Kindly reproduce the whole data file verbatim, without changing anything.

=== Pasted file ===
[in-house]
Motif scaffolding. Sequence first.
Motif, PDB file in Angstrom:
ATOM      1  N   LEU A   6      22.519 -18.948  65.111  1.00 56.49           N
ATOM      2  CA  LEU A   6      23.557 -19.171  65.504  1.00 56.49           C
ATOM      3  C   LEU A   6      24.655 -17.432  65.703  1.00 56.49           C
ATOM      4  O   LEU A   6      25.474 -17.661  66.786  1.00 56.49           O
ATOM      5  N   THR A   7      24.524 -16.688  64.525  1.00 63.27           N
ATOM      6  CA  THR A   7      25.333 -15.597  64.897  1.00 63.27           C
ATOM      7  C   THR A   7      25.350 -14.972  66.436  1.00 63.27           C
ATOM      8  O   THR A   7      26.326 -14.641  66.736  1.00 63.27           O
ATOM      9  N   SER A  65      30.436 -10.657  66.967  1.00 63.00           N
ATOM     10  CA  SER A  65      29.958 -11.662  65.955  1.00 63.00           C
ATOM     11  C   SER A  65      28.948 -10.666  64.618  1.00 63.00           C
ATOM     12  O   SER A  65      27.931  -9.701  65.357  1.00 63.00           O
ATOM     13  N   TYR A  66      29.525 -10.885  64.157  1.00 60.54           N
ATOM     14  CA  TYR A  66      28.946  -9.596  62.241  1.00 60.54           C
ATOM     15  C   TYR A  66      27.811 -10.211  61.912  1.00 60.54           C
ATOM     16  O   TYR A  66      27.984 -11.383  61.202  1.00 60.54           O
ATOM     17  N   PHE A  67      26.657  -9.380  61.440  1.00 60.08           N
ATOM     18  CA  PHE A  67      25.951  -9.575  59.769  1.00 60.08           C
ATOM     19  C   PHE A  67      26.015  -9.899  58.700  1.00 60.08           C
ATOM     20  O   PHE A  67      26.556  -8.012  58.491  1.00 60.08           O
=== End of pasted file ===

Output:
[in-house]
Motif scaffolding. Sequence first.
Motif, PDB file in Angstrom:
ATOM      1  N   LEU A   6      22.519 -18.948  65.111  1.00 56.49           N
ATOM      2  CA  LEU A   6      23.557 -19.171  65.504  1.00 56.49           C
ATOM      3  C   LEU A   6      24.655 -17.432  65.703  1.00 56.49           C
ATOM      4  O   LEU A   6      25.474 -17.661  66.786  1.00 56.49           O
ATOM      5  N   THR A   7      24.524 -16.688  64.525  1.00 63.27           N
ATOM      6  CA  THR A   7      25.333 -15.597  64.897  1.00 63.27           C
ATOM      7  C   THR A   7      25.350 -14.972  66.436  1.00 63.27           C
ATOM      8  O   THR A   7      26.326 -14.641  66.736  1.00 63.27           O
ATOM      9  N   SER A  65      30.436 -10.657  66.967  1.00 63.00           N
ATOM     10  CA  SER A  65      29.958 -11.662  65.955  1.00 63.00           C
ATOM     11  C   SER A  65      28.948 -10.666  64.618  1.00 63.00           C
ATOM     12  O   SER A  65      27.931  -9.701  65.357  1.00 63.00           O
ATOM     13  N   TYR A  66      29.525 -10.885  64.157  1.00 60.54           N
ATOM     14  CA  TYR A  66      28.946  -9.596  62.241  1.00 60.54           C
ATOM     15  C   TYR A  66      27.811 -10.211  61.912  1.00 60.54           C
ATOM     16  O   TYR A  66      27.984 -11.383  61.202  1.00 60.54           O
ATOM     17  N   PHE A  67      26.657  -9.380  61.440  1.00 60.08           N
ATOM     18  CA  PHE A  67      25.951  -9.575  59.769  1.00 60.08           C
ATOM     19  C   PHE A  67      26.015  -9.899  58.700  1.00 60.08           C
ATOM     20  O   PHE A  67      26.556  -8.012  58.491  1.00 60.08           O